St Andrews’ LGBT Society has launched their Anonymous Welfare Email, an anonymous online service which promises to listen to students’ issues and problems and offer “non-directive support and advice.”
Saints LGBT hope to provide a “friendly, non-judgemental environment in which all students, regardless of their sexuality or gender identity, can feel comfortable discussing their problems with an experienced peer.”
Problems that the email service might deal with include stress over deadlines, as well as issues relating to gender and sexuality.
As the email addresses of both parties are automatically deleted by the server, the service remains wholly anonymous and confidential, with neither person ever knowing to whom they are speaking.
Sigrid Jørgenson, president of Saints LGBT who came up with the idea for the email service last year while serving as vice-president for welfare on the LGBT committee, spoke about its origins: “It was set up because I felt like there was something missing. I felt that a lot of LGBT+ people at this University weren’t necessarily getting the anonymous support that they needed [and] felt too intimidated to talk to student services or the committee.”
Miss Jørgenson explained that she had wanted to provide “another avenue” for students who require help and advice, “without it having to be face to face.”
“I think it’s easier to ask questions to an anonymous face than to a specific person because there’s a fear of almost being judged when you’re face to face,” she explained.
“Whereas when there’s that level of anonymity, you can be yourself or you can ask questions that you wouldn’t normally feel comfortable asking.”
Joe Tantillo, the University’s Director of Representation, also emphasised the value and importance of the service’s anonymity. He said: “Many students seek support from their peers when faced with difficult personal issues, but occasionally students may be faced with issues that they are uncomfortable sharing with their friends.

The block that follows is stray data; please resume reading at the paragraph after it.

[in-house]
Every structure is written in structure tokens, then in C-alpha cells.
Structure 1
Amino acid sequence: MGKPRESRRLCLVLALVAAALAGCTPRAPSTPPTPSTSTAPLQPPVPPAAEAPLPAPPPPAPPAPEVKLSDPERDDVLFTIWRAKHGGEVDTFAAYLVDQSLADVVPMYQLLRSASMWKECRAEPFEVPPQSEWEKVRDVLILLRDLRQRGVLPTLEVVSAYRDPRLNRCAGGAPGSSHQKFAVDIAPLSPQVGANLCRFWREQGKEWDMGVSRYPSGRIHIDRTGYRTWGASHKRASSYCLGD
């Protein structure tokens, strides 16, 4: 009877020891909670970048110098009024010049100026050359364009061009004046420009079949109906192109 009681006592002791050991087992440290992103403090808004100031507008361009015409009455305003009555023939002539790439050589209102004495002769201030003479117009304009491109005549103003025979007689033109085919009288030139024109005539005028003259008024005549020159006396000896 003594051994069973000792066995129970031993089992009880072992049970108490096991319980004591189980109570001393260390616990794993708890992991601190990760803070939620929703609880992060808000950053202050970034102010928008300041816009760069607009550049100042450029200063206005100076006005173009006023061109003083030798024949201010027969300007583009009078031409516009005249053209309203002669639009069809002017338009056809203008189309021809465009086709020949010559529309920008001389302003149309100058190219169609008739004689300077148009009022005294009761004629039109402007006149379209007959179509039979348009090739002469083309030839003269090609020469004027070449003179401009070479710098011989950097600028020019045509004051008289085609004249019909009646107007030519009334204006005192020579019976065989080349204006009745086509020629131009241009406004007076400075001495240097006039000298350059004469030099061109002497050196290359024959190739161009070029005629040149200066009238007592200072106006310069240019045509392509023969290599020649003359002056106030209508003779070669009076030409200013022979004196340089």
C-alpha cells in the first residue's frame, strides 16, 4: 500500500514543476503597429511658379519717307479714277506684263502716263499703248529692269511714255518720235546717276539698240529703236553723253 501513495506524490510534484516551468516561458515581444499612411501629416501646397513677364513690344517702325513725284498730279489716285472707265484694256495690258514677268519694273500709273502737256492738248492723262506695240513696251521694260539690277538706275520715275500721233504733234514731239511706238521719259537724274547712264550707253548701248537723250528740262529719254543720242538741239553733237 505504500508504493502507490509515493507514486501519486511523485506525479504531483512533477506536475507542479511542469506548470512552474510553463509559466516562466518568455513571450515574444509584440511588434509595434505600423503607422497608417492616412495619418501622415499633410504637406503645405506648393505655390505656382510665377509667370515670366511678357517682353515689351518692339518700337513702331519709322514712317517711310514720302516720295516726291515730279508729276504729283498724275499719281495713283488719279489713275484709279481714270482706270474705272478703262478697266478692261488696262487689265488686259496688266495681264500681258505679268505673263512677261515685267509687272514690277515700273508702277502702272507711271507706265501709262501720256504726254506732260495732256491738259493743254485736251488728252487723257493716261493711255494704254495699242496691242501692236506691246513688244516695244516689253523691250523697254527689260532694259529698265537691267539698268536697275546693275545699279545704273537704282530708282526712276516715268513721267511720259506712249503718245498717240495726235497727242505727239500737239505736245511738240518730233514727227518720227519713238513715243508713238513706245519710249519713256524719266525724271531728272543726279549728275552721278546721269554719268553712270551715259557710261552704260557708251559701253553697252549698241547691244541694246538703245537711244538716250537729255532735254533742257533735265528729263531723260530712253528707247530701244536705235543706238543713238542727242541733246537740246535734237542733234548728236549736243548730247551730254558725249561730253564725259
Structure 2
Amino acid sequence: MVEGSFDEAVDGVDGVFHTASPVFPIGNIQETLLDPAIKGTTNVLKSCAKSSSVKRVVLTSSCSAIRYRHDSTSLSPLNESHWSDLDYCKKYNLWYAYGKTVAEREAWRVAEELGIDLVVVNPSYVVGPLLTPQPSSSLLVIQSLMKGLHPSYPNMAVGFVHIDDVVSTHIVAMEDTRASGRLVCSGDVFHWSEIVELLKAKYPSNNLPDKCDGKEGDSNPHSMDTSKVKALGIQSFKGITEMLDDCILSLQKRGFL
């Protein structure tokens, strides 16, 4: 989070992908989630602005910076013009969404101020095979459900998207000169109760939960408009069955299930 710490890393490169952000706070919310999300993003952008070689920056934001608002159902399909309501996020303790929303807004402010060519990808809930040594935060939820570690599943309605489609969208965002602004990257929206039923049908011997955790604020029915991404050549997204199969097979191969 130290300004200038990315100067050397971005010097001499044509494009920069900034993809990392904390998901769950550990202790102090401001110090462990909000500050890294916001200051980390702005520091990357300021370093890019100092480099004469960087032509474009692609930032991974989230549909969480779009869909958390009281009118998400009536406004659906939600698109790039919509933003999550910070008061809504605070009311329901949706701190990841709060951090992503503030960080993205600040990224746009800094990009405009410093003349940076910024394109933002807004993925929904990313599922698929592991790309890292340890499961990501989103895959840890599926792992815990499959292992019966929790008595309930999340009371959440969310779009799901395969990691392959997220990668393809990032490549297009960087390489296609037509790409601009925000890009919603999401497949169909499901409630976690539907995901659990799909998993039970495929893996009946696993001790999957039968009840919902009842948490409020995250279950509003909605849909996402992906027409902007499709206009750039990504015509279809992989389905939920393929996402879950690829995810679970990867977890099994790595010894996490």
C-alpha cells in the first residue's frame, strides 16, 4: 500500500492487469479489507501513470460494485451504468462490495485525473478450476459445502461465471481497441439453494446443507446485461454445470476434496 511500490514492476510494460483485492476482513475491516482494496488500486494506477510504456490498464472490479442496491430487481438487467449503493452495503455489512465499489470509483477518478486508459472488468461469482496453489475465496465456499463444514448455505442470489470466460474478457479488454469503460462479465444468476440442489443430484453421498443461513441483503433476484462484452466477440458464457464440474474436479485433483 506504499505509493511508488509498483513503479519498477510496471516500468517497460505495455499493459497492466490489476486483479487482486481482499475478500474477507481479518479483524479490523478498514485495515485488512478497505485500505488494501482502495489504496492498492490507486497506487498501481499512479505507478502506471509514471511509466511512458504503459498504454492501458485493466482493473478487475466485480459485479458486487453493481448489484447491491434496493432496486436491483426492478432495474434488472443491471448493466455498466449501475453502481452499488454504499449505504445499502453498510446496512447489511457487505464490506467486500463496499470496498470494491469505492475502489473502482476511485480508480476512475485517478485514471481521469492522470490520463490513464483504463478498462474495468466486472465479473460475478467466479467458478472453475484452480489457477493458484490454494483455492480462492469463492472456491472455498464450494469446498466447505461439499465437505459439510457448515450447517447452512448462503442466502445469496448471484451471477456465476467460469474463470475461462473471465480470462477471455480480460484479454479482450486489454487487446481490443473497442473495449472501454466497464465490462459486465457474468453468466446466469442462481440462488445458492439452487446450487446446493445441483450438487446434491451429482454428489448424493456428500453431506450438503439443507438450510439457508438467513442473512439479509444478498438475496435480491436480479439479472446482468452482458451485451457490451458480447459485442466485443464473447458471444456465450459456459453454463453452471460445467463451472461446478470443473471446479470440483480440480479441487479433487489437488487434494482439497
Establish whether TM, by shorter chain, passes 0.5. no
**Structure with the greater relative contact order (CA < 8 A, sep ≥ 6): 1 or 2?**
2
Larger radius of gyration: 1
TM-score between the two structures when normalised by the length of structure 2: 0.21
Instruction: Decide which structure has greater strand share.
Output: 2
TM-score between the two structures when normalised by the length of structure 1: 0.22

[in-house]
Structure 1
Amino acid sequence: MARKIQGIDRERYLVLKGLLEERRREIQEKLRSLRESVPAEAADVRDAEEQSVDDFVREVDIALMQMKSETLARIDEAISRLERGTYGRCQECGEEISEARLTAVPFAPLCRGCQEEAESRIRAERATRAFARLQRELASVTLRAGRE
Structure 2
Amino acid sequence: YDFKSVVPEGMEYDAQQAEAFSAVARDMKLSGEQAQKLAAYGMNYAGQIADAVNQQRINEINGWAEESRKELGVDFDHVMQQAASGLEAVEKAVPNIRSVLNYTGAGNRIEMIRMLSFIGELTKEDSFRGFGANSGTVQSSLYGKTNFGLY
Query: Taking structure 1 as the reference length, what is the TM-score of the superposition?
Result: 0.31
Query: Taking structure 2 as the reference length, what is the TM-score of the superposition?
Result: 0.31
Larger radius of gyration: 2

“The welfare email provides a platform for them to seek out nonjudgmental listening and guidance in an anonymous manner, which allows them to openly discuss their issues knowing they will have 100 per cent confidentiality.”
Miss Jørgenson contined: “We get a lot of people asking about different societies and whether we have experienced homophobia within those societies, or if we have experienced sports teams being more or less accepting.”
“‘What societies can I be a part of and be openly LGBT+?’ That seems to be the general type of question that we get,” she added.
Miss Jørgenson also stressed, however, that everyone working on the project has had mental health first aid training. “They will go through it before they are allowed to start responding to messages, so we do have that background as well,” she said.
Overall, Mr Tantillo expressed his pleasure at being able to offer this relatively new service to students.
“While the email service is affiliated with Saints LGBT, it is open to all students for use and no issue will be disregarded,” he said.
“Every student should have someone they can reach out to, and this service gives them another outlet which they can rely on for support.”
Miss Jørgenson also explained how the service was not intended as an indictment of existing services such as Nightline, who also provide support and advice for students who may be experiencing stress or other personal issues.
“The difference is that the nondirective advice is based on personal experiences,” she said.
Miss Jørgenson was similarly pleased that the project was up and running. “It’s been a long process putting it together, but it’s so nice now to see people actually using it,” she told The Saint.
She also emphasised that if anyone had any “questions, comments or concerns, they should either come ask me or bring them to Joe [Tantillo], because we can only improve the service if we know what parts of the service aren’t working well enough.”